As the number of measurement services providers continues to grow exponentially, one of the main points of differentiation is determining who controls the tone of coverage: a human or a machine.
“The biggest difference is that machines take longer to program,” says Katie Paine, CEO of KDPaine & Partners. “Also, the problem with computer coding is that [computers] don’t think like customers; they think like pseudo-humans.”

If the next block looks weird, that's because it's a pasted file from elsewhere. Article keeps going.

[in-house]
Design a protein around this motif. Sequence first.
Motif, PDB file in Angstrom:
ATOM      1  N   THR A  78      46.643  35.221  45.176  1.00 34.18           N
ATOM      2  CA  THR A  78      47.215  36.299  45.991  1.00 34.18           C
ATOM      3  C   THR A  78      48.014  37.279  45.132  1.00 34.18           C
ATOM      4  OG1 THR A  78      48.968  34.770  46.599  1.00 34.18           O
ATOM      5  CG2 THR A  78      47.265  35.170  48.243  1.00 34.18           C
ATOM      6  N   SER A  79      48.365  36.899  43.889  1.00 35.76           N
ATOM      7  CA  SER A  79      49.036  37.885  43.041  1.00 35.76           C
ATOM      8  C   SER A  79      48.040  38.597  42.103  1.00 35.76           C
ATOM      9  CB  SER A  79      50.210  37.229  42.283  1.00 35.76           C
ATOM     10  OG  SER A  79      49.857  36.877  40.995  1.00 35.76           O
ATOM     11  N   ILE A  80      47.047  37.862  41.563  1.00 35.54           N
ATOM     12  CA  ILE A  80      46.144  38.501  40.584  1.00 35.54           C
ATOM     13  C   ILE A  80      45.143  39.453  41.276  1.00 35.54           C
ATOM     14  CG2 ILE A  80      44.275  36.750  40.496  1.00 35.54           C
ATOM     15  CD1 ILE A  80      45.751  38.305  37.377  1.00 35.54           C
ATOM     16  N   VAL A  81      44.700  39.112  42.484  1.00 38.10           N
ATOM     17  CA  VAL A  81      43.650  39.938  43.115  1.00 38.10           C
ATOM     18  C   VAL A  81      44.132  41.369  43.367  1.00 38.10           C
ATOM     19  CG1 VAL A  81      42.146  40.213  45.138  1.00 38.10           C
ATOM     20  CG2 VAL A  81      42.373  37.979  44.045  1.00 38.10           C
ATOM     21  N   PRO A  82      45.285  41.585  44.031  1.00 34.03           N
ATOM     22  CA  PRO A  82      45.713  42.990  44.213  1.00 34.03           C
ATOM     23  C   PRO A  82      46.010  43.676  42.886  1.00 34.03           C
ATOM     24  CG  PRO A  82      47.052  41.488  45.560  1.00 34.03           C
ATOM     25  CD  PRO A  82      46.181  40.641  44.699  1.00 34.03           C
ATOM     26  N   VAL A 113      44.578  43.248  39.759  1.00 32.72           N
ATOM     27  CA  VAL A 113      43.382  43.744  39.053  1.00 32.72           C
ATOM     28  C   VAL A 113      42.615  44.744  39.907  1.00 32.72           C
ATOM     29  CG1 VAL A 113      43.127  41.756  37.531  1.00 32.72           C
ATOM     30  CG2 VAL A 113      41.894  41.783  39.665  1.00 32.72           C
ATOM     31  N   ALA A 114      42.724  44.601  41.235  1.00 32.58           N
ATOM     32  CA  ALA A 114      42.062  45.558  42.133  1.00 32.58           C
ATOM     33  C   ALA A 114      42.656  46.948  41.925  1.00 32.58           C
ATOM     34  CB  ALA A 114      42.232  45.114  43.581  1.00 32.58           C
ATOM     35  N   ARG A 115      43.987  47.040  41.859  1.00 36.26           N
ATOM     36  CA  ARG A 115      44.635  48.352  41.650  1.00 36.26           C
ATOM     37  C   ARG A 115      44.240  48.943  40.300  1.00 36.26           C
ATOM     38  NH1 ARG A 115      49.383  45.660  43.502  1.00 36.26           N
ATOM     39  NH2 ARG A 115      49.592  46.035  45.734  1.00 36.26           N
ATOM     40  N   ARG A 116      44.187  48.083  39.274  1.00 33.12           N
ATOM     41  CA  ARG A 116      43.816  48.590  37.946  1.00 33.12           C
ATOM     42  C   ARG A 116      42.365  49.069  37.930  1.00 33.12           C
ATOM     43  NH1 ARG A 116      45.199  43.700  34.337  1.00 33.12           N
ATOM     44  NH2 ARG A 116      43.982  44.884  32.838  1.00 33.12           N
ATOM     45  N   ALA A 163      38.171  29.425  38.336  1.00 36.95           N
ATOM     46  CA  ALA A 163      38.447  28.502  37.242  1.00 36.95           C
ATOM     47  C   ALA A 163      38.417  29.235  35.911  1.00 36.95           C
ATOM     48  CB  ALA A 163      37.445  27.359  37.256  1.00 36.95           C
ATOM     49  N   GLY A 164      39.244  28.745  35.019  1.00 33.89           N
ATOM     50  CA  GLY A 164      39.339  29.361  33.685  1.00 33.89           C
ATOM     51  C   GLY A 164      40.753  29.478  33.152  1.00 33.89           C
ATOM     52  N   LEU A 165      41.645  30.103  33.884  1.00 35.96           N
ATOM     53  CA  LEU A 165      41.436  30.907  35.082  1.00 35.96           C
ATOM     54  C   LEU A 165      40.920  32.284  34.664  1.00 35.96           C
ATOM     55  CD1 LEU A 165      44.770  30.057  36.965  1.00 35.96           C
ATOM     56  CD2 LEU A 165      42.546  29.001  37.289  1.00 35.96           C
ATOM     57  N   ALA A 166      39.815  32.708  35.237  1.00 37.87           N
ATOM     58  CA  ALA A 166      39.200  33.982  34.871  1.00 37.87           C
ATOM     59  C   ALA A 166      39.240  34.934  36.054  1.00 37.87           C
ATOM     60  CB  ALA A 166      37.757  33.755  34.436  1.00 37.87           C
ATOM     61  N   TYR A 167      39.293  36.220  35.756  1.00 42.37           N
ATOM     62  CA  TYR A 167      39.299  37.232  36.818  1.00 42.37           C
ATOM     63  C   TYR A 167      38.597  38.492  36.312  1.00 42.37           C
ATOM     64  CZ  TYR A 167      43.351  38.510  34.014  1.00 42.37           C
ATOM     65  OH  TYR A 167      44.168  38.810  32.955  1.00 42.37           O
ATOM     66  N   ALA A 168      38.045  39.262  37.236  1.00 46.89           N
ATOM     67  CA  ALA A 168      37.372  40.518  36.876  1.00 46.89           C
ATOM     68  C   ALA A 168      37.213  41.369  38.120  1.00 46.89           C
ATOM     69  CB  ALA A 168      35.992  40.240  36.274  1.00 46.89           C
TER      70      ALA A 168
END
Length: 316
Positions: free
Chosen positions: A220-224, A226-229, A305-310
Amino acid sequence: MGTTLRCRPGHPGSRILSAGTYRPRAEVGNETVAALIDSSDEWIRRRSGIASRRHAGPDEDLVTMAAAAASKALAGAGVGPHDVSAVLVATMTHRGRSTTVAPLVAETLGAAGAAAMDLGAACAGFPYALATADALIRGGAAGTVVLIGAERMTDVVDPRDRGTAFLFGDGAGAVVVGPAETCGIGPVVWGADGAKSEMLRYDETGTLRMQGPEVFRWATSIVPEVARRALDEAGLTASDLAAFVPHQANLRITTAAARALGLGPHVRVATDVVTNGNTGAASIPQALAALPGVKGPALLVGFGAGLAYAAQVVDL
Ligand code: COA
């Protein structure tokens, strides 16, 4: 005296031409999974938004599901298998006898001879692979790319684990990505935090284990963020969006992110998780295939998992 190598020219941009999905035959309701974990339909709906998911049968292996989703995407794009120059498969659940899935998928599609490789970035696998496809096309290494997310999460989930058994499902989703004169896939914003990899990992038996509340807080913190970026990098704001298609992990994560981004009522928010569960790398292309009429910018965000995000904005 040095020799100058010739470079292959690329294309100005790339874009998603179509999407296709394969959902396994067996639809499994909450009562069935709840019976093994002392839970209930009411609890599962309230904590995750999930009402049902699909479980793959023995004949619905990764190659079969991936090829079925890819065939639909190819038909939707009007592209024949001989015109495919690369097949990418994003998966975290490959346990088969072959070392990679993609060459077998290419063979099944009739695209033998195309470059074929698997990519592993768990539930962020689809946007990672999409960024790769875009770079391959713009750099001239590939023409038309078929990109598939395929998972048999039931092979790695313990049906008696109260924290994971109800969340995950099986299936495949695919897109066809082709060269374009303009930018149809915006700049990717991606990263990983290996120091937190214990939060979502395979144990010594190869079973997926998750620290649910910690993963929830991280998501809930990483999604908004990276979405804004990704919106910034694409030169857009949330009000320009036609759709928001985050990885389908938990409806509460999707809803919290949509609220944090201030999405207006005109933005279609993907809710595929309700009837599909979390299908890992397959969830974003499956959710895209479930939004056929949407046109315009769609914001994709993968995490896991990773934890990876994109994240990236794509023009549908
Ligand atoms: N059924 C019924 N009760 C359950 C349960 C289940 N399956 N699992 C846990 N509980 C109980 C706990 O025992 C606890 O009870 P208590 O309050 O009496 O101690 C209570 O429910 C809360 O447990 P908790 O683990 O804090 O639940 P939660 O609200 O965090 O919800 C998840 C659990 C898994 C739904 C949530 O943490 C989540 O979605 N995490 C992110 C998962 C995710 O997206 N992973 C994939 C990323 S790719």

In the case of the United Service Organizations ’ (USO) measurement initiative, Mark Phillips, USO’s VP of communications, says deciding between human and computer coders was essential.
“Although some organizations currently offer automated coding, we decided to have human readers assess each print article or broadcast story,” he says. “We did this for two reasons. First was the belief that the automated processes are not yet sophisticated enough to accurately differentiate nuances in the coverage. Second, the readers were provided with clear criteria for each of the assessments, and results are rigorously checked for rating consistency across readers and over time.”